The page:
#### 1.3. Scope and Main Contributions

_{2}emissions, the authors of this paper propose a complete mathematical formulation of the problem regarding the selection, location, and operation of BS in GCN for reducing energy losses and CO

_{2}emissions. All this is conducted while including all constraints related to the electrical network (global power balance and line current and voltage profile limits), conventional and distributed generators (power limits), and BS (discharging and charging power limits and state of charge limits). Furthermore, with the aim to use the high-performance methodologies reported in the literature for solving electrical problems similar to that studied herein, three discrete versions of some optimization methods were used in the master stage. The first of these is the parallel Montecarlo algorithm (PMC) [30], which employs a random search process to find the solution with the best performance while taking advantage of parallel processing, using all workers in the computer to reduce processing times. Moreover, following the suggestions made in the literature, this paper generated two parallel-discrete versions of two continuous optimization methods: the genetic (PDGA) and crow search (PDCSA) algorithms. For the slave stage, the particle optimization algorithm proposed in [31] was adapted. This algorithm was developed for operating batteries in direct current (DC) grids, with no application or validation in alternating current (AC) networks. By combining the three optimization methods proposed in master stage and PSO, it was possible to obtain three new master–slave methodologies for solving the problem under study, namely, PMC/PSO, PDGA/PSO, and PDCSA/PSO (hereinafter called PMC, PDGA, and PDCSA for the sake of simplicity). In addition, with the aim to evaluate the objective function and constraints related to each solution offered by these strategies, aiming for the shortest processing times and the best convergence, this study used the hourly power flow matrix based on successive approximations, as proposed in [23], which allows considering variations in distributed generation and power demand. As a test scenario, an adapted version of the 33-bus test system was used, which represents the technical and environmental conditions of the city of Medellín (Colombia), while considering the operation of three photovoltaic (PV) generators with maximum power point tracking, which is the traditional way to operate renewable generation technology in this country. Finally, to evaluate the performance of the proposed solution methodologies, 1000 executions of each one were carried out, with the aim to evaluate the minimum and average solution, as well as the standard deviation and average processing times. This analysis allowed selecting the optimization methodology with the best performance for solving the problem regarding the optimal integration and operation of BS in GCNs.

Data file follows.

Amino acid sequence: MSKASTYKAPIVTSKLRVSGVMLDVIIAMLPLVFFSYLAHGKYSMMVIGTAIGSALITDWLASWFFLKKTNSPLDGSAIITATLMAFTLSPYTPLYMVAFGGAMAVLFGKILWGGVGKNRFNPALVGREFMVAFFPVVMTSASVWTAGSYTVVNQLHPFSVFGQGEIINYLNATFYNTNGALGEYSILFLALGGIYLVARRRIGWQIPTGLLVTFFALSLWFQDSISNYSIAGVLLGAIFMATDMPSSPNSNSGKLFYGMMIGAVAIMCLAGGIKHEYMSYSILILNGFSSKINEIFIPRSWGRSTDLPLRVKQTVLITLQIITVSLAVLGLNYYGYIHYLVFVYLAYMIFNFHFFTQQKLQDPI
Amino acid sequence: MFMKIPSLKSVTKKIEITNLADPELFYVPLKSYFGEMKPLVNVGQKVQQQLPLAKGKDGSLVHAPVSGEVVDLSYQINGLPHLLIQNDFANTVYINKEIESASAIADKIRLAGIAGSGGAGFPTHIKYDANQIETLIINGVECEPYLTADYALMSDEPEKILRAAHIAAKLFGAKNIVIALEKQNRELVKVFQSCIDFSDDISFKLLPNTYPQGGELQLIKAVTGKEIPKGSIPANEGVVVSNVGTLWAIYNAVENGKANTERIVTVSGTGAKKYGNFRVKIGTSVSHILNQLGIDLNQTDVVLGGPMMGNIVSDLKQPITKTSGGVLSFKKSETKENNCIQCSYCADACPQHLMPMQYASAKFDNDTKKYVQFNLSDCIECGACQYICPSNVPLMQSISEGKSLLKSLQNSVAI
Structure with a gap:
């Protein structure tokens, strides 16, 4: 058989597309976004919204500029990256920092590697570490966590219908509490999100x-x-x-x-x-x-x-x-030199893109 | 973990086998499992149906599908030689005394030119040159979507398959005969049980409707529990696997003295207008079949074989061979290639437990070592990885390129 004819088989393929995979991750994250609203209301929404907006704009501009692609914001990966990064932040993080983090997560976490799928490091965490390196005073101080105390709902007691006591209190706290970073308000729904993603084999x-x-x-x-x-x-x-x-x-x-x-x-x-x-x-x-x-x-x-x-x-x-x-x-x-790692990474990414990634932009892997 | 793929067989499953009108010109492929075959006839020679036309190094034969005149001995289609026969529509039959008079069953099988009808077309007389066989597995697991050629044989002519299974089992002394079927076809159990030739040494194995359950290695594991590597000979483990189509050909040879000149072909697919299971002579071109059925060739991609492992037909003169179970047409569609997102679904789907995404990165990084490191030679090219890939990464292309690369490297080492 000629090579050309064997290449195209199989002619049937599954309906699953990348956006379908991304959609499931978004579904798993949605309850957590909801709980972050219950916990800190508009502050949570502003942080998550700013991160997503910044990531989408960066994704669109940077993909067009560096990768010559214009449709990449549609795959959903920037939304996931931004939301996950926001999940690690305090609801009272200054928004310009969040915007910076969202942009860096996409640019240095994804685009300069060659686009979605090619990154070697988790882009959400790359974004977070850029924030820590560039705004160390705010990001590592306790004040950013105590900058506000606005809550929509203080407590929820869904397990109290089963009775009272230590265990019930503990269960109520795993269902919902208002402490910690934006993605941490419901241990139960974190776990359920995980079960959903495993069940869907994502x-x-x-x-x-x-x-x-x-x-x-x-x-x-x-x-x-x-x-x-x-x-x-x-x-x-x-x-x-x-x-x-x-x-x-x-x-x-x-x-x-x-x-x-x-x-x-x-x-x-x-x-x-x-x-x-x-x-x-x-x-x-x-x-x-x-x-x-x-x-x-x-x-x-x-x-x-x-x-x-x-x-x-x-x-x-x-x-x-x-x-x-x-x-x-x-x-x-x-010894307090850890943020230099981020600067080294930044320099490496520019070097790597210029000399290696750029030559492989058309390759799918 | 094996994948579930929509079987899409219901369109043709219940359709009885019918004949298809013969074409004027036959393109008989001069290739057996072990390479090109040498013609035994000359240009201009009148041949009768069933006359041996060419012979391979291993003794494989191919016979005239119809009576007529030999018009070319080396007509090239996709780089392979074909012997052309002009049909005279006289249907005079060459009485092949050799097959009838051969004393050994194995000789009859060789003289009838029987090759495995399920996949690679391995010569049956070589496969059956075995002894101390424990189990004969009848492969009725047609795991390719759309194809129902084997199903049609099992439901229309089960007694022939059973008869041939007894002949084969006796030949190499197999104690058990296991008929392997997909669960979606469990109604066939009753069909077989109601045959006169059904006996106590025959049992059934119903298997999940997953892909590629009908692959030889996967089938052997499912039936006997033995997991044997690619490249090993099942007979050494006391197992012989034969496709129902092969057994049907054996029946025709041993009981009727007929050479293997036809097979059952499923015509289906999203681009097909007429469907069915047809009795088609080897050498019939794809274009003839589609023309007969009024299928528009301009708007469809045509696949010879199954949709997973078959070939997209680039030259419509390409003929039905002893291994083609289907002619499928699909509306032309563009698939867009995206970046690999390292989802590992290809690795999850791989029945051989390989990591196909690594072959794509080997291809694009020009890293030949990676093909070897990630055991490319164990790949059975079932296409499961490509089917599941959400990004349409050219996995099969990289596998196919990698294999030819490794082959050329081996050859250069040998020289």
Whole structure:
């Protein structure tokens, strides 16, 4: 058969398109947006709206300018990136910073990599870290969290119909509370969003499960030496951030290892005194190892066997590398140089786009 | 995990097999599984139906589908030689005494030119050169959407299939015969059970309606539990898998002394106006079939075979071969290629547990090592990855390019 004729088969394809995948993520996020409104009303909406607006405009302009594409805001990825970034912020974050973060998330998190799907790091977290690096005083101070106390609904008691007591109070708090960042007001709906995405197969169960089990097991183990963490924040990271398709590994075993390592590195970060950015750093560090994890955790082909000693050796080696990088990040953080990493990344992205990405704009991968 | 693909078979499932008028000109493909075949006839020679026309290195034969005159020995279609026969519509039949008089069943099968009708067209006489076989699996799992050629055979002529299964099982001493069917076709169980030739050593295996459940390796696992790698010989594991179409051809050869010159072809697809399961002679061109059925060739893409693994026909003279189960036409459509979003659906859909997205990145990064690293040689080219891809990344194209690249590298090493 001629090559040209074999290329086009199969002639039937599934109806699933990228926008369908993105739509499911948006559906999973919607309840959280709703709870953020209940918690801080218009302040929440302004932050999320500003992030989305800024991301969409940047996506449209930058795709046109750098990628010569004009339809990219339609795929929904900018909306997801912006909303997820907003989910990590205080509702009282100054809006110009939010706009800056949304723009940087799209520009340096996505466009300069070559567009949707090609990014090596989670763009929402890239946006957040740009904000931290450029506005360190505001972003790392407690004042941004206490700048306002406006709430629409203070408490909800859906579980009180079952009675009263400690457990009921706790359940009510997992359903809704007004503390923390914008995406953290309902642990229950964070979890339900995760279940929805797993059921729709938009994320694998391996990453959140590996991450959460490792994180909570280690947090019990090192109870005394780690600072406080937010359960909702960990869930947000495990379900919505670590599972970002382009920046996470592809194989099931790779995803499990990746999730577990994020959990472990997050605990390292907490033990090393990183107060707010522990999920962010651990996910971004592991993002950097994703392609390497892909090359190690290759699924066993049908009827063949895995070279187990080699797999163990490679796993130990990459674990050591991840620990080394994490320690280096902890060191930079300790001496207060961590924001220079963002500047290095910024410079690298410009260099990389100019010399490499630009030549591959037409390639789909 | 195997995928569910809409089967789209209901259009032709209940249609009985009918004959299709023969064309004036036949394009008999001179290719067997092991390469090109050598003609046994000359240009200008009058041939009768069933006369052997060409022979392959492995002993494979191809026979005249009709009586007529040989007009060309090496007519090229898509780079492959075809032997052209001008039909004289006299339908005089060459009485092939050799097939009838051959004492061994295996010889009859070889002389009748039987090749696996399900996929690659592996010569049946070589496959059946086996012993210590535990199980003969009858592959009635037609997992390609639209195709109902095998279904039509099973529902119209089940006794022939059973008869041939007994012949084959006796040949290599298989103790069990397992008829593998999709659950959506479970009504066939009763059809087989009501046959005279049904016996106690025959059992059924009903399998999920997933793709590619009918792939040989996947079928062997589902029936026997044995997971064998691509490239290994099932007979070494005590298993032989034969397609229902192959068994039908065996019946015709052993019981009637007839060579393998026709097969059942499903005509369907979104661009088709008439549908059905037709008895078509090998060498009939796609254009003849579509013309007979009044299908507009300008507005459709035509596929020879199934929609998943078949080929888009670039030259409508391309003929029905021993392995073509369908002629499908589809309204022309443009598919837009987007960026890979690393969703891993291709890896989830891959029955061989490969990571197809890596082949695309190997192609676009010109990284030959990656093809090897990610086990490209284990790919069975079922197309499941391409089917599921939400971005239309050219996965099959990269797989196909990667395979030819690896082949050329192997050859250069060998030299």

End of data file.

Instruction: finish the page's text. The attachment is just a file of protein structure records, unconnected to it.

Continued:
#### 1.3.1. Academic Contributions

- A mathematical model for the optimal integration of BS in GCN whose objective function is the reduction of energy losses and CO
_{2}emissions, observing all of the constraints that represent the operation of a GCN in an environment of variable distributed generation and power demand. - A discrete codification for the problem regarding the location and selection of BS.
- A continuous codification for the problem regarding the operation of the batteries located in the GCN.
- Three new master–slave strategies (PMC, PDGA, and PDCSA) for solving the problem regarding the optimal integration of BS in GCNs.